16. 16. The Vision: The Models User Model Processing Model Data Model Resource Model Complete cohort of users Complete ICT environment for PSI
  17. 17. Model – User model0 User Model: controls the way in which the end-user interacts with the e-infrastructure. 0 User profile, security certification, privacy; 0 Device and interaction mode preferences (keyboard/mouse through voice and gesture to brain-connected), language preference; 0 Resource preferences (including contacts) with directories;0 METADATA
  18. 18. Models – Processing model0 Process Model controls the way processes are constructed and executed in the e-infrastructure 0 Services 0 Described for discovery, described for functional and non-functional (security, privacy, performance) properties 0 Mobile (deployed in distributed / parallel execution environments) 0 Open source where possible 0 Service composition 0 Dynamically (re-) composable during execution0 METADATA
  19. 19. Models – Data model0 Data Model controls data representation and data (re-)use 0 Formal syntax (structure) 0 Even for text, images, streamed video 0 Declared semantics (meaning)0 METADATA
  20. 20. Models – Resource model0 Resource Model catalogs the available computing resources in the e-infrastructure 0 This allows virtualisation so the user neither knows nor cares from where the data comes, or where the processing is done, as long as quality of service is maintained; 0 Requires updating by resource owners – together with conditions of use0 METADATA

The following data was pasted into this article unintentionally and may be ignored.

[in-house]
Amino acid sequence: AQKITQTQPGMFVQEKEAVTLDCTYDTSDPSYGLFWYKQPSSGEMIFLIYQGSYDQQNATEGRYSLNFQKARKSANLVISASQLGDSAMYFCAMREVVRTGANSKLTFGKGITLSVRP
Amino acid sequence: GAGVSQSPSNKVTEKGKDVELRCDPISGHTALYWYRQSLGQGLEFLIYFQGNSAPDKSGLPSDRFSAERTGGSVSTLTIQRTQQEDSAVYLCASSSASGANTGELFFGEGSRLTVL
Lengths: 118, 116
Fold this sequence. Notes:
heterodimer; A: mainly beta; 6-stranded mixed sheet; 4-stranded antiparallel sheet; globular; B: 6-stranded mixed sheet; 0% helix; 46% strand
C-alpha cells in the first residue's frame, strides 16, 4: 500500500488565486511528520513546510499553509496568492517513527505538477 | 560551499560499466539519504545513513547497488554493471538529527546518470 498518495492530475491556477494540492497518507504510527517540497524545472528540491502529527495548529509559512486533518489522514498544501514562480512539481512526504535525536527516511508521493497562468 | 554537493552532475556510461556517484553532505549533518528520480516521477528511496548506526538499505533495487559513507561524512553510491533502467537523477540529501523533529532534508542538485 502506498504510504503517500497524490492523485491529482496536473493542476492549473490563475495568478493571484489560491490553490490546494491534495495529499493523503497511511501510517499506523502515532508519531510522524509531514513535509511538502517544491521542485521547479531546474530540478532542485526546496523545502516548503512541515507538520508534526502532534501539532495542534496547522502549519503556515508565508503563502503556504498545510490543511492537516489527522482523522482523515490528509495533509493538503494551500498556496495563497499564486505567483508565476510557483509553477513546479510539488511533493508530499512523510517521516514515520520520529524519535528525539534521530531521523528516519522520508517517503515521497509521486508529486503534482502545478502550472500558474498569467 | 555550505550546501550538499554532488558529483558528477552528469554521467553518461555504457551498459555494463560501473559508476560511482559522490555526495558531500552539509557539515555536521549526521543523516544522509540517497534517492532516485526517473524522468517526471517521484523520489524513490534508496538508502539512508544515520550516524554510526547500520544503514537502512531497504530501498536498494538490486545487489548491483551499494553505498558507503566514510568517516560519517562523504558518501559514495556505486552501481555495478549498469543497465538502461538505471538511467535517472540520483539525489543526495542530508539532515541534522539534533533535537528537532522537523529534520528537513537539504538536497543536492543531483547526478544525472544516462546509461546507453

21. 21. Conclusions (1)0 Metadata are needed to make sense of the open data0 Merely linking data is not enough to make optimal use of open data0 Metadata are key enablers for policy-making0 Adding metadata can yield considerable benefits, including: 0 creating order in datasets 0 improving find ability, accessibility, storing and preservation of LOD 0 improving easily analyzing, comparing, reproducing, finding inconsistencies 0 correct interpretation and visualizing of LOD 0 finding patters in LOD to generate new hypotheses 0 making linking of data easier 0 assessing and ranking the quality of LOD and avoiding unnecessary duplication of LOD CEDEM 2012
  22. 22. Conclusions (2)0 Architecture for metadata: 0 discovery metadata can be generated from CERIF 0 common metadata formats can use CERIF as the superset exchange mechanism 0 a LOD representation of the metadata for browsing or query can be made allowing the use of SPARQL 0 while a conventional information systems capability with structured query including convenient primitive operations can be maintained0 We recommend to further implement the proposed metadata architecture CEDEM 2012